How To: Make Slow Burning Fuses from Yarn, Sugar, & Potassium Nitrate

Make Slow Burning Fuses from Yarn, Sugar, & Potassium Nitrate

How to Make Slow Burning Fuses from Yarn, Sugar, & Potassium Nitrate

Here's how to make a simple form of a slow burning fuse from materials around the house.

WARNING: Ignition of an incendiary or explosive material may not be legal in your area, so check local laws before attempting. Use of this video content is at your own risk.

I made these fuses out of 100% cotton yarn, soaked in a solution of KNO3 (potassium nitrate) and white table sugar.

Mix together a composition of 36 grams KNO3, and 24 grams of white table sugar and shake them together to make sure they are well mixed.

Next, boil 1/3 cup of water and stir in the composition until it's completely dissolved.

Measure out about 12 feet of 100% cotton yarn, and soak it in the solution, and at any point now the yarn can be removed and strung out on a cookie sheet in a zigzag pattern.

Preheat your oven to 300ºF and bake for 20 minutes.

Then let cool for 5-10 minutes.

At this point, the yarn should be very stiff and can be cut down into different lengths for different projects.

I used these fuses in a batch of smoke flares seen in a different project. You can see that project video here.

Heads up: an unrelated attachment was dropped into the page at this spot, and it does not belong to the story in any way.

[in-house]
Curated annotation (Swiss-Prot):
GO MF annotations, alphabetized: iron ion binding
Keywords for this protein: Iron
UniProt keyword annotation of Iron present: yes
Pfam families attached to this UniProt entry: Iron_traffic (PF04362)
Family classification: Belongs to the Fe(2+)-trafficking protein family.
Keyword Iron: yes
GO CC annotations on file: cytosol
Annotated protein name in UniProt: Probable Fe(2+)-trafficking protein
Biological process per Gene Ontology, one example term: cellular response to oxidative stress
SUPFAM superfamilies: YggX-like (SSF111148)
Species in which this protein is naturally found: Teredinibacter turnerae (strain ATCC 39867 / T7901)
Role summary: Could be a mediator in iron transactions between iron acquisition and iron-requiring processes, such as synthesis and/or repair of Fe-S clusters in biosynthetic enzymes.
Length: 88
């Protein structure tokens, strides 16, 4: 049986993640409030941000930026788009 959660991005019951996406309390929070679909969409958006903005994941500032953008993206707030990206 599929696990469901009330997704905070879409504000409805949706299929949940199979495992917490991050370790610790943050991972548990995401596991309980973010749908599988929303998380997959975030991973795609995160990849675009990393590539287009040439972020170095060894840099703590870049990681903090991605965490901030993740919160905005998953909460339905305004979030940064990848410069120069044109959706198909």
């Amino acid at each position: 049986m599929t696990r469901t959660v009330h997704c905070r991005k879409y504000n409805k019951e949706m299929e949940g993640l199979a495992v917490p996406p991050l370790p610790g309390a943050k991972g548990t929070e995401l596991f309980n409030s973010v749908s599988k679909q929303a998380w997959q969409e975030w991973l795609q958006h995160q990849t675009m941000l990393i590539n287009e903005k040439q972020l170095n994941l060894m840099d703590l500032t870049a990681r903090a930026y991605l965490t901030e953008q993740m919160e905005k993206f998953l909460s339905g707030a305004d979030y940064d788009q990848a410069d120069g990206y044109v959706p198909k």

Testing the fuses, I was happy to see they had a steady burn rate of about 3 seconds per inch. Every batch is a little different, so it's a good idea to test a piece to get a feel for how it burns, before actually using it for a specific purpose.

I've found a fun use for these fuse cords is in making a cheap batch of make-shift sparklers for me and my kids.

Hundreds can be made for just a couple of dollars, and they burn and sparkle brilliantly at night.

If you liked this project, perhaps you'll like some of my others. Check them out at thekingofrandom.com.

7 Comments

Hey this is without a doubt the best home made fuse I've made, however my batches won't last last they seem to get moist and then don't worl well after a few days, I keep them dry but they seem to go soggy anyway. Any ideas?

@ Michael Furneau : try keeping your fuses in a low humidity area or with a de humidifier.

My first batch couldn't sustain it's burn. I was wondering if I should increase the stump remover I used for potassium nitrate?

Add more sugar, if you ever tried burning plain KNO3 (Potassium Nitrate), you'll notice nothing much happens, but when you add sugar, It burns a lot easier & hotter and makes a lot of smoke too, so the more sugar you add, the faster and better it will sustain its burn. Also wait 5-6 hours for it to dry off, put it in direct sunlight if you can.

I don't have a oven though. Can i put the soaked yarn under the sunlight instead ? And how long do i have to put it under the sun ?

Hey, I am having a problem with the fuse. I make the solution, dunk the twine in it and then set it to bake. But when it is baking it always burns and creates little "snakes" (like the lame firework). What can be the problem?

If they ignite in the oven, it's too hot, lower the temperature*

Step 1: Thoughts on Questions and Improvements

If the fuse ignites while drying in the oven, the oven is too hot, lower the temperature. Has anyone tried putting these in wax after they are completely dried and ready for use? That might make them more shelf-stable.

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